Lymphatic filariasis (elephantiasis)

Lymphatic filariasis (elephantiasis) is a disfiguring disease that attacks the lymphatic system. Disfigurement includes enlarge body parts with thick hard skin, that looks like elephant skin, thereby the term elephantiasis. Enlarged body parts comprises of arms, legs, and genitalia.

Infection occurs when one is bitten by mosquitos carrying the worms, which floods the lymphatic system with its larvae, causing a fluid imbalance. The lymphatic systems regulates the exchange of fluid between tissue and blood.

The disease is endemic in 81 countries. It is endemic in many African countries, Brazil, Suriname, Guyana, Haiti, and the Dominican Republic. Many countries have implemented mass drug administration (MDA) and disability programs.

  • Bed nets for preventing mosquito bites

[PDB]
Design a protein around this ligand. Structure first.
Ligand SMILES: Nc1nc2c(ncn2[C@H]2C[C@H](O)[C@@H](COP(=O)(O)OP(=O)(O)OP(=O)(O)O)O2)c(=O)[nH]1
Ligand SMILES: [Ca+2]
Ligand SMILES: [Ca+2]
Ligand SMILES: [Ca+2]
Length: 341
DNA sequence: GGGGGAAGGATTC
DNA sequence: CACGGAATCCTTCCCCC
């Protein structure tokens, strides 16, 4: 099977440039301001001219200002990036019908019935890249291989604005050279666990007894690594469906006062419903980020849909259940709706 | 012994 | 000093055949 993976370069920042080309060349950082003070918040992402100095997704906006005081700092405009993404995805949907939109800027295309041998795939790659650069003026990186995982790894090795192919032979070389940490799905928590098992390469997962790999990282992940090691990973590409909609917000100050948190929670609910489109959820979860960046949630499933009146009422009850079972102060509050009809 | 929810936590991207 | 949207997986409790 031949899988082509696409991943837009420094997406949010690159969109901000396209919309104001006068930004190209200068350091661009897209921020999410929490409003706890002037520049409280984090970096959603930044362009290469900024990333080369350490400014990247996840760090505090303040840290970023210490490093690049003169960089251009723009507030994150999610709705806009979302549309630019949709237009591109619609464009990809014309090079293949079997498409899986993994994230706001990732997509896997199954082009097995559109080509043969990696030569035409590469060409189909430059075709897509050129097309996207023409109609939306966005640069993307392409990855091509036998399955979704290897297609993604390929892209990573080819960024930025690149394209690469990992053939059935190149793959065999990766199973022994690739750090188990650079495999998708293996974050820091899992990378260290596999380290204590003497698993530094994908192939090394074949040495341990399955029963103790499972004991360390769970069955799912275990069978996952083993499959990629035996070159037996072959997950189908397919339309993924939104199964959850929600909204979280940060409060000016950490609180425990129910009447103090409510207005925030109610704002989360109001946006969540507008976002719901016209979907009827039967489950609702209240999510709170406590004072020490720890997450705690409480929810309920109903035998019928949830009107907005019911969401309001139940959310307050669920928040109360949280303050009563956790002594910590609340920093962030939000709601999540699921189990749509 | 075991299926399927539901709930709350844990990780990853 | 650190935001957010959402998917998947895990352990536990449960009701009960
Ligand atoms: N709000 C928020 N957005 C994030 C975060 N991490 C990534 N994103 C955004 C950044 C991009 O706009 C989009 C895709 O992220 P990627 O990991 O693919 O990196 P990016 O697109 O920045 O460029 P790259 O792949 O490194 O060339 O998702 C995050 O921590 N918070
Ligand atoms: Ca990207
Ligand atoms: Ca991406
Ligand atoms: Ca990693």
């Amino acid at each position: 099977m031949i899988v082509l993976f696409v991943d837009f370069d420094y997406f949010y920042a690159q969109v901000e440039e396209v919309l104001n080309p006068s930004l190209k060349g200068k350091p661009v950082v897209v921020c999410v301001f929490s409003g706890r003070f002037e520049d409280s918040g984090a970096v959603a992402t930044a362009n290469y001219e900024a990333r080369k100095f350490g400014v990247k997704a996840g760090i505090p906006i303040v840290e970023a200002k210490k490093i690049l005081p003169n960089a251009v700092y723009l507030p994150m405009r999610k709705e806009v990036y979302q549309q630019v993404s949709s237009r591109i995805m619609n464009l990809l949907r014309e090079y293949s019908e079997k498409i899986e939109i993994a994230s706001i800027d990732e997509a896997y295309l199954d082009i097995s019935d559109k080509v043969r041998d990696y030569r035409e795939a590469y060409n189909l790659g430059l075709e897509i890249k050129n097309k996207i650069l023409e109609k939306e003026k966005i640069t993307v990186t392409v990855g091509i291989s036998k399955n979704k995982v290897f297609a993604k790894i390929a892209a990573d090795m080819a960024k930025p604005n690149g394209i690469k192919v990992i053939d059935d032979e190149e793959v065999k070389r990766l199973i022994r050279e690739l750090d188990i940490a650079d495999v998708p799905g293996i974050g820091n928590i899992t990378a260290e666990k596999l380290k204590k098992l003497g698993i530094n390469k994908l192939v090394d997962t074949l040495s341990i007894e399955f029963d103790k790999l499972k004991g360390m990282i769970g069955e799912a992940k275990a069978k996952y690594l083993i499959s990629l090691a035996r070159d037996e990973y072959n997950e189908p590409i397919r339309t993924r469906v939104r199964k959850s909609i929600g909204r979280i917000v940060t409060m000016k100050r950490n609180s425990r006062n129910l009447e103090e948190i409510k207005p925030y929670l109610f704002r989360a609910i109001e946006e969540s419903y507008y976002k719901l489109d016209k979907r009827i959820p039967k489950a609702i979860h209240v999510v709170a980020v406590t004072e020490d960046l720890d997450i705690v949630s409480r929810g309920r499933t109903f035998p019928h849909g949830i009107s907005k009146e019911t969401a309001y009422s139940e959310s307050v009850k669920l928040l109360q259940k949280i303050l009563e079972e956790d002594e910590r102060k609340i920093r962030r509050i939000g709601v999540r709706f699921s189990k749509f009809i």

• Albendazole is administered together with one of two other antifilarial drugs, ivermectin or diethylcarbamazine citrate (DEC) for 4 to 6 years. Albendazole is donated free of charge by GlaxoSmithKline. Ivermectin is also donated free of charge to endemic countries in Africa by Merck & Co., Inc. 
  • To prevent secondary infection, one should wash infected area, and to alleviate swelling, one should raise affected area or limbs.

  • No Cure 

Work Cited

World Health Organization. Neglected Tropical Diseases. Lymphatic filariasis (elephantiasis): 546 million people treated worldwide in 2007 alone.<>retrieved 25-May-2012

Carter Center. Lymphatic Filariasis Elimination Program: Alleviating Suffering, Ending Shame (The Carter Center). on Youtube. <> retrieved 25-May-2012